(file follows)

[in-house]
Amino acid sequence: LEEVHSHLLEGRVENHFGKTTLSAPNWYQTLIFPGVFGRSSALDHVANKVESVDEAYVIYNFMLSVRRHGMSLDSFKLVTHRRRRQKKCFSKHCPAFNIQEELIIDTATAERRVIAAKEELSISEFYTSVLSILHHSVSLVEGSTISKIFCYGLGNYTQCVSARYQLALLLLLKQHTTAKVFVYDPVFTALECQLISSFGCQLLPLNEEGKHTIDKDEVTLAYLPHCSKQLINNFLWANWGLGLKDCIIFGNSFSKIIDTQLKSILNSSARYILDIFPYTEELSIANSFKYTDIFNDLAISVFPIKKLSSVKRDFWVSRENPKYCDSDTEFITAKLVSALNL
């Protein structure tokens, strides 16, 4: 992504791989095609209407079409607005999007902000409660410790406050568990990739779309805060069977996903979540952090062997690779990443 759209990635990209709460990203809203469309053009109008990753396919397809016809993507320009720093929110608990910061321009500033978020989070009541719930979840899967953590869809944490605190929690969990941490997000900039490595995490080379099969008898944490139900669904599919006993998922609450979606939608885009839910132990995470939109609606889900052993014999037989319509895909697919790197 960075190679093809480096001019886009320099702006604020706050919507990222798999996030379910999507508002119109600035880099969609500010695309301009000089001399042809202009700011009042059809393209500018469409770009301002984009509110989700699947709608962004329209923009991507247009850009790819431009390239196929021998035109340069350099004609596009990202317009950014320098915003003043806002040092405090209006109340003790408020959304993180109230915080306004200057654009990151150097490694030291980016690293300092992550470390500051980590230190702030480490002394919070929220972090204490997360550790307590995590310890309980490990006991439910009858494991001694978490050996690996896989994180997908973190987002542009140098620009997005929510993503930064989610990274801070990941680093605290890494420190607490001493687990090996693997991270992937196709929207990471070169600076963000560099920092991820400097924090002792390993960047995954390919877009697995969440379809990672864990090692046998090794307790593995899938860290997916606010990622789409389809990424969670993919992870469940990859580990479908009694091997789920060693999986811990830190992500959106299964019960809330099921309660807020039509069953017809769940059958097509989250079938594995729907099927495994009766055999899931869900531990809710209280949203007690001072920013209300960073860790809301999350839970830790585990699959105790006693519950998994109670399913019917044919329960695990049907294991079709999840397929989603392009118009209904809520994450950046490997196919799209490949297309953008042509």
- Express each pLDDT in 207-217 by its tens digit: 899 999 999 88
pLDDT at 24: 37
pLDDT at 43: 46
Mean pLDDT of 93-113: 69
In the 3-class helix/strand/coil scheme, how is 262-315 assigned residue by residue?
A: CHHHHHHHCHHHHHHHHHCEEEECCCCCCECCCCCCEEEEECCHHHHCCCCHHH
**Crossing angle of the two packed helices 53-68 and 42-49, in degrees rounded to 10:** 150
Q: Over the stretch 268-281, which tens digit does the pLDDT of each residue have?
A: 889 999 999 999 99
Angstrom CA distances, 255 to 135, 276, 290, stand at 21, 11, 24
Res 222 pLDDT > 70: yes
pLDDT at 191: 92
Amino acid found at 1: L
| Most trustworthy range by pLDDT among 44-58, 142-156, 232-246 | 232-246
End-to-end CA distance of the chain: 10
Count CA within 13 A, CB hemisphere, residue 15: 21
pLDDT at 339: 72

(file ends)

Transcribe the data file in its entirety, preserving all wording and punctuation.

[in-house]
Amino acid sequence: LEEVHSHLLEGRVENHFGKTTLSAPNWYQTLIFPGVFGRSSALDHVANKVESVDEAYVIYNFMLSVRRHGMSLDSFKLVTHRRRRQKKCFSKHCPAFNIQEELIIDTATAERRVIAAKEELSISEFYTSVLSILHHSVSLVEGSTISKIFCYGLGNYTQCVSARYQLALLLLLKQHTTAKVFVYDPVFTALECQLISSFGCQLLPLNEEGKHTIDKDEVTLAYLPHCSKQLINNFLWANWGLGLKDCIIFGNSFSKIIDTQLKSILNSSARYILDIFPYTEELSIANSFKYTDIFNDLAISVFPIKKLSSVKRDFWVSRENPKYCDSDTEFITAKLVSALNL
């Protein structure tokens, strides 16, 4: 992504791989095609209407079409607005999007902000409660410790406050568990990739779309805060069977996903979540952090062997690779990443 759209990635990209709460990203809203469309053009109008990753396919397809016809993507320009720093929110608990910061321009500033978020989070009541719930979840899967953590869809944490605190929690969990941490997000900039490595995490080379099969008898944490139900669904599919006993998922609450979606939608885009839910132990995470939109609606889900052993014999037989319509895909697919790197 960075190679093809480096001019886009320099702006604020706050919507990222798999996030379910999507508002119109600035880099969609500010695309301009000089001399042809202009700011009042059809393209500018469409770009301002984009509110989700699947709608962004329209923009991507247009850009790819431009390239196929021998035109340069350099004609596009990202317009950014320098915003003043806002040092405090209006109340003790408020959304993180109230915080306004200057654009990151150097490694030291980016690293300092992550470390500051980590230190702030480490002394919070929220972090204490997360550790307590995590310890309980490990006991439910009858494991001694978490050996690996896989994180997908973190987002542009140098620009997005929510993503930064989610990274801070990941680093605290890494420190607490001493687990090996693997991270992937196709929207990471070169600076963000560099920092991820400097924090002792390993960047995954390919877009697995969440379809990672864990090692046998090794307790593995899938860290997916606010990622789409389809990424969670993919992870469940990859580990479908009694091997789920060693999986811990830190992500959106299964019960809330099921309660807020039509069953017809769940059958097509989250079938594995729907099927495994009766055999899931869900531990809710209280949203007690001072920013209300960073860790809301999350839970830790585990699959105790006693519950998994109670399913019917044919329960695990049907294991079709999840397929989603392009118009209904809520994450950046490997196919799209490949297309953008042509």
- Express each pLDDT in 207-217 by its tens digit: 899 999 999 88
pLDDT at 24: 37
pLDDT at 43: 46
Mean pLDDT of 93-113: 69
In the 3-class helix/strand/coil scheme, how is 262-315 assigned residue by residue?
A: CHHHHHHHCHHHHHHHHHCEEEECCCCCCECCCCCCEEEEECCHHHHCCCCHHH
**Crossing angle of the two packed helices 53-68 and 42-49, in degrees rounded to 10:** 150
Q: Over the stretch 268-281, which tens digit does the pLDDT of each residue have?
A: 889 999 999 999 99
Angstrom CA distances, 255 to 135, 276, 290, stand at 21, 11, 24
Res 222 pLDDT > 70: yes
pLDDT at 191: 92
Amino acid found at 1: L
| Most trustworthy range by pLDDT among 44-58, 142-156, 232-246 | 232-246
End-to-end CA distance of the chain: 10
Count CA within 13 A, CB hemisphere, residue 15: 21
pLDDT at 339: 72